Thursday, June 16, 2016

Project #4 - Birch Bark Handle for a Puukko Blade

Since I have worked on the Projects 1, 2 and 3 more-less in parallel and also had the blades sent for HT I wanted to try something else in the mean time. Already before I started I got a few ready made blades (mostly for puukko knives). So I have decided to take a simple Polar whittler puukko blade and try to make a handle from birch bark. My Iisaki Aito also has a birch bark handle and it proved very comfortable and practical as it offers a great grip.

The Design:

This part was pretty straight forward and I though so will be the execution. But I underestimated all those little details that can go wrong when you do something for the first time :)

Basic components
  • Polar carbon 80mm blade with HRC 59
  • 5mm thick brass bolsters
  • 0.8mm thick fibre spacers
  • birch bark
  • 1 cm tick piece of stabilized wood
The tools
  • hacksaw
  • DIY bevel grinding jig & permanent marker
  • DIY clamp for the gluing of the handle
  • knife, scissors
  • bastard (cut #1) and medium (cut #3) files
  • needle files (round and flat)
  • wood glue (Titebond III), slow curing epoxy (min 60 minute)
  • hammer
  • sanding paper (120, 180, 240, 320, 400)
  • degreasing stuff (acetone or similar) and pure alcohol

Basic parts and tools.
Birch bark

Since one of the most important materials was the birch bark, let's start there. From some youtube videos I had an idea how to clean the bark and how to cut small pieces. I expected to make a lot of mess (and I did), but I did not expect it to be such a hard work. The devil was hidden in the fact, that contrary to knifemakers from Scandinavia who would use fresh birch bark, I could only buy one that was already dry. I actually bought the bark from 2 different sources and got 2 very different types of bark (one apparently older and very thick, the other much thinner with smoother surface)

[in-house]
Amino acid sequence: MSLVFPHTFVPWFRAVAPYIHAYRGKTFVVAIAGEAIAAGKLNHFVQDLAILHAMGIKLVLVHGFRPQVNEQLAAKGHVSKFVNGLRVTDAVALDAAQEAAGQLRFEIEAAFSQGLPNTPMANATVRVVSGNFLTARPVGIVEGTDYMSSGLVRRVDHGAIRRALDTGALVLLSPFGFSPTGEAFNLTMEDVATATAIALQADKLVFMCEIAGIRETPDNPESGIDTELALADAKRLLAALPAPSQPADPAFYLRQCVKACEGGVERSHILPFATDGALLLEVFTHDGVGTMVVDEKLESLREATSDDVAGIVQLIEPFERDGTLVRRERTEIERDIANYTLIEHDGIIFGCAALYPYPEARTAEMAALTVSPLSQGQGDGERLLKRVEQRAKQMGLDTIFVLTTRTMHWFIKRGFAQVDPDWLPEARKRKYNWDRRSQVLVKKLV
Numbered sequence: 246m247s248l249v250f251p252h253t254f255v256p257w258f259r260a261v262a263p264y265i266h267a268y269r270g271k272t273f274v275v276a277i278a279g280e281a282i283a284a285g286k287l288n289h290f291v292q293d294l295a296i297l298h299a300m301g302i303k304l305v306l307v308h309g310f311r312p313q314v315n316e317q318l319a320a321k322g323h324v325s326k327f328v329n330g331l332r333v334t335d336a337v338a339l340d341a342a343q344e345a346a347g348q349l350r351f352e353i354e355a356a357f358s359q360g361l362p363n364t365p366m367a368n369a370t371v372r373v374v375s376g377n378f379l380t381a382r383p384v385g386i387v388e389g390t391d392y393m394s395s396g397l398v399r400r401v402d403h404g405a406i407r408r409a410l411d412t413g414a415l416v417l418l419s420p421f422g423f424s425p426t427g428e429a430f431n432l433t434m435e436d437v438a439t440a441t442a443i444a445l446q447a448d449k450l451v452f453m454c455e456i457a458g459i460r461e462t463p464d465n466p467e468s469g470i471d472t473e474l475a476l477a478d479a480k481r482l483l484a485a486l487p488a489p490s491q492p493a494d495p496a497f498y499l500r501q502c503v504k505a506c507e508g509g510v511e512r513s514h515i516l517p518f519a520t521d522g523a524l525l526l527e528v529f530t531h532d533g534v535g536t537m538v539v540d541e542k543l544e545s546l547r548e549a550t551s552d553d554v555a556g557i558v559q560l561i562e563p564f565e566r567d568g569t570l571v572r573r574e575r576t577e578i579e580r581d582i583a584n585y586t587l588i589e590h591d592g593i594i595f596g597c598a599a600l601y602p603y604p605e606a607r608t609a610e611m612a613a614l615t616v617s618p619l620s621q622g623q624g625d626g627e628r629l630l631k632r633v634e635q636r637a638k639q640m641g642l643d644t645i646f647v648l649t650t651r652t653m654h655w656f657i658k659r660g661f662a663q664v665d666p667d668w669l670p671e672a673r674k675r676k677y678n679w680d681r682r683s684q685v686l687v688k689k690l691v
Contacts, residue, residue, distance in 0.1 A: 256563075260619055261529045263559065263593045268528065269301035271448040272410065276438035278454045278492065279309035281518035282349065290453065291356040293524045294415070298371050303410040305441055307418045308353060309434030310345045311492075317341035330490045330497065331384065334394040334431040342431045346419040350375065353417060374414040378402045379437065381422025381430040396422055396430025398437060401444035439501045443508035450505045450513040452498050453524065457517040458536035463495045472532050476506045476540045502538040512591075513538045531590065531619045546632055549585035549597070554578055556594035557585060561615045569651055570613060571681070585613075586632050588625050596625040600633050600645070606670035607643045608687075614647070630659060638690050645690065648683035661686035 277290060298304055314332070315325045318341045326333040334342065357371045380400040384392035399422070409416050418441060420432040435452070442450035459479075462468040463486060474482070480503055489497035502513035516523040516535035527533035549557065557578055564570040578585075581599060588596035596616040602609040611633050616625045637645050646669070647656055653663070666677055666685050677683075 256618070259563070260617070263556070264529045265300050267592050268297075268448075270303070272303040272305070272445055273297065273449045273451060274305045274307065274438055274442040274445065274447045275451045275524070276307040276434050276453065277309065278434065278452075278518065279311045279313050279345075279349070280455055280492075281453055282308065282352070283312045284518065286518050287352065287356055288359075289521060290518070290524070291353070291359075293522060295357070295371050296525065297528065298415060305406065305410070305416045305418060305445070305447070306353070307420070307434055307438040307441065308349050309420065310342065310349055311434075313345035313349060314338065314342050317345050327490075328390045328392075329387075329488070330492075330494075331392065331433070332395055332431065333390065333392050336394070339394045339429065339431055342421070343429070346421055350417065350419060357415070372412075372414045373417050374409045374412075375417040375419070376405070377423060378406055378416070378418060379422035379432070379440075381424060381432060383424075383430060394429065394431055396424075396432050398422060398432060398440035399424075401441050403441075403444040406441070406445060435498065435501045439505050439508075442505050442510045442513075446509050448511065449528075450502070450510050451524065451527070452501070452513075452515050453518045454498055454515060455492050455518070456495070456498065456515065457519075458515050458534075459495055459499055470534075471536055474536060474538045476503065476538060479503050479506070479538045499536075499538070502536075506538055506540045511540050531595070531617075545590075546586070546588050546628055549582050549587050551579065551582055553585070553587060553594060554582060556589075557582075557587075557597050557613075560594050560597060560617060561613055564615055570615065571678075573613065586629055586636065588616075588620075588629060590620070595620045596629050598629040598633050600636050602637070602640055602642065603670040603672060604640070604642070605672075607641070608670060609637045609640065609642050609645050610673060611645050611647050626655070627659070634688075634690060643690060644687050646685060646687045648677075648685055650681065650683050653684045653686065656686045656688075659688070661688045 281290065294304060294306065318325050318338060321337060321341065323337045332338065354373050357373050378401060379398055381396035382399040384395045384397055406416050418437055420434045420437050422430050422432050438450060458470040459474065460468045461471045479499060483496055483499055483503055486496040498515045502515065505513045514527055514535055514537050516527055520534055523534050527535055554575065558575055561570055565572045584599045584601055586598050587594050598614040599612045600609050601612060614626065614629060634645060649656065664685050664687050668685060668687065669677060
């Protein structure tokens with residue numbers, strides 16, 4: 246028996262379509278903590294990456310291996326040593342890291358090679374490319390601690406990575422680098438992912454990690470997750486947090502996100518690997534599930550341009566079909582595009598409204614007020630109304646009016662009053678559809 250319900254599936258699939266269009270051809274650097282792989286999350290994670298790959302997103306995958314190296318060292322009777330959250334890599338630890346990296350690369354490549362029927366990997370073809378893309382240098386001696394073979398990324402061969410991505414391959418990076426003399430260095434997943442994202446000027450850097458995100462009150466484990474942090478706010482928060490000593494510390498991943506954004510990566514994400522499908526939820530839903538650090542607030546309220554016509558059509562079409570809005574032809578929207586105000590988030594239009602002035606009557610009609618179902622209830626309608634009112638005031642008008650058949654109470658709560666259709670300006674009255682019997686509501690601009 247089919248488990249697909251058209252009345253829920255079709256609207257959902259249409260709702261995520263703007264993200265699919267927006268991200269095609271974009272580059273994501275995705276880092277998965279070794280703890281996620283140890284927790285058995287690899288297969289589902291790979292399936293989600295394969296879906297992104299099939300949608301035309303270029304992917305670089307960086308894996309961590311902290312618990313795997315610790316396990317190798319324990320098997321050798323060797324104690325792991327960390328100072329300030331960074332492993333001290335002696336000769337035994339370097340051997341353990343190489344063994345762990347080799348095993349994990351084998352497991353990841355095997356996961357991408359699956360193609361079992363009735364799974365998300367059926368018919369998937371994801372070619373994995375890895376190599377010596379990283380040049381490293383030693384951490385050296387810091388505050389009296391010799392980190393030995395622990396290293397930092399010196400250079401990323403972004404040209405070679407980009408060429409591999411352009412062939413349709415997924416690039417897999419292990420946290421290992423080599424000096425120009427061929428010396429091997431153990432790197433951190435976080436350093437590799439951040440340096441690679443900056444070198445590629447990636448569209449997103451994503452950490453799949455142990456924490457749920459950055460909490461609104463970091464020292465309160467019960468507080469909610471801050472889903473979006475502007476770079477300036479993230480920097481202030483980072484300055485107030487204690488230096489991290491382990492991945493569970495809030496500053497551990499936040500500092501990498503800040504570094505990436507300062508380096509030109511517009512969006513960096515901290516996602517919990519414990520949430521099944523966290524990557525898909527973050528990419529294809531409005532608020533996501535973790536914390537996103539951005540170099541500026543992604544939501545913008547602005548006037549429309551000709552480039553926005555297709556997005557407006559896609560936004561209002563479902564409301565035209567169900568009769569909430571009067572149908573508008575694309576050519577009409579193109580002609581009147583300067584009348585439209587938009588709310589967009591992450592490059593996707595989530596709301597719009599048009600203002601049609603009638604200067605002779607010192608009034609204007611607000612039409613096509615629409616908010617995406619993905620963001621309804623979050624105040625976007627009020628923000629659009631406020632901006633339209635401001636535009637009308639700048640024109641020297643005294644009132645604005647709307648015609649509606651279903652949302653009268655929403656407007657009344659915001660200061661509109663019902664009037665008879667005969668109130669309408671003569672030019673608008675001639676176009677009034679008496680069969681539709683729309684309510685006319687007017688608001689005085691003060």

I started to clean the birch bark with bare hands as I have seen in a video before, but since it was rather hard I put on a gloves. 15 minutes later I was having pain in my both thumbs so I moved to scraping the upper layer of the bark with a knife. This worked better and it looked like I am on the right track.

Cleaning the birch bark with a knife.

Once I was nearly finished with one about A3 sized sheath I noticed that on a side there was a split in the bark - about 1/3 of the total thickness from the surface and it went relatively deep. So I pulled on it and large part of the surface came off in one piece - with a much smoother surface underneath. I realized that I need to remove all that relatively thick layer. That went much faster than scraping the bark with a knife and left me with much cleaner bark.

After the thick upper layer was removed from the bark the underlying bark was much smoother.

So I continued in a similar manner with some more of the bark. It took me in total around 2 hours to clean and cut to pieces bark for the whole handle. Once I had enough cleaned bark I have cut it in 3x4 cm pieces altering the orientation for every other row, so once glued on the handle the orientation of the structure in the bark would be perpendicular in every two subsequent layer. This is recommended for better mechanical stability of the handle.

After that I punched holes (with a leather puncher and 4.5 mm large hole) and tested the pieces on the tang of the knife to avoid problems once I will start gluing.

Bolsters (yes, more than one)

The next logical step was to make a bolster which I decided to cut out of a 5mm thick sheath of brass rather than using some pre-formed one. The requirements are simple - it should have a nice tight fit around the shoulders of the ricasso and the tang of the knife.

To get the cutout for the tang I have drilled 3 holes with a small drill bit (I think it was 3mm as the tang was 3.5mm thick) and then I used first a thin round needle file to connect these holes, followed by a flat needle file to shape the opening to a final fit.

Connecting the drilled holes with a thin needle file.
I did file the shoulders of the blade so that they are lying on the same line (otherwise there would be gaps between the shoulders and the bolster)

Bolster #1:

Here I did the mistake of not preparing the tang properly. The important point is to make sure that the width of the tang at the place where the bolster will sit is the most thick of the whole tang, so that when testing the fit while filing the opening in the bolster you do not get stuck too soon and then have the opening too wide for the final position. I was too fast and the bolster had gaps around the tang.

Bolster #2: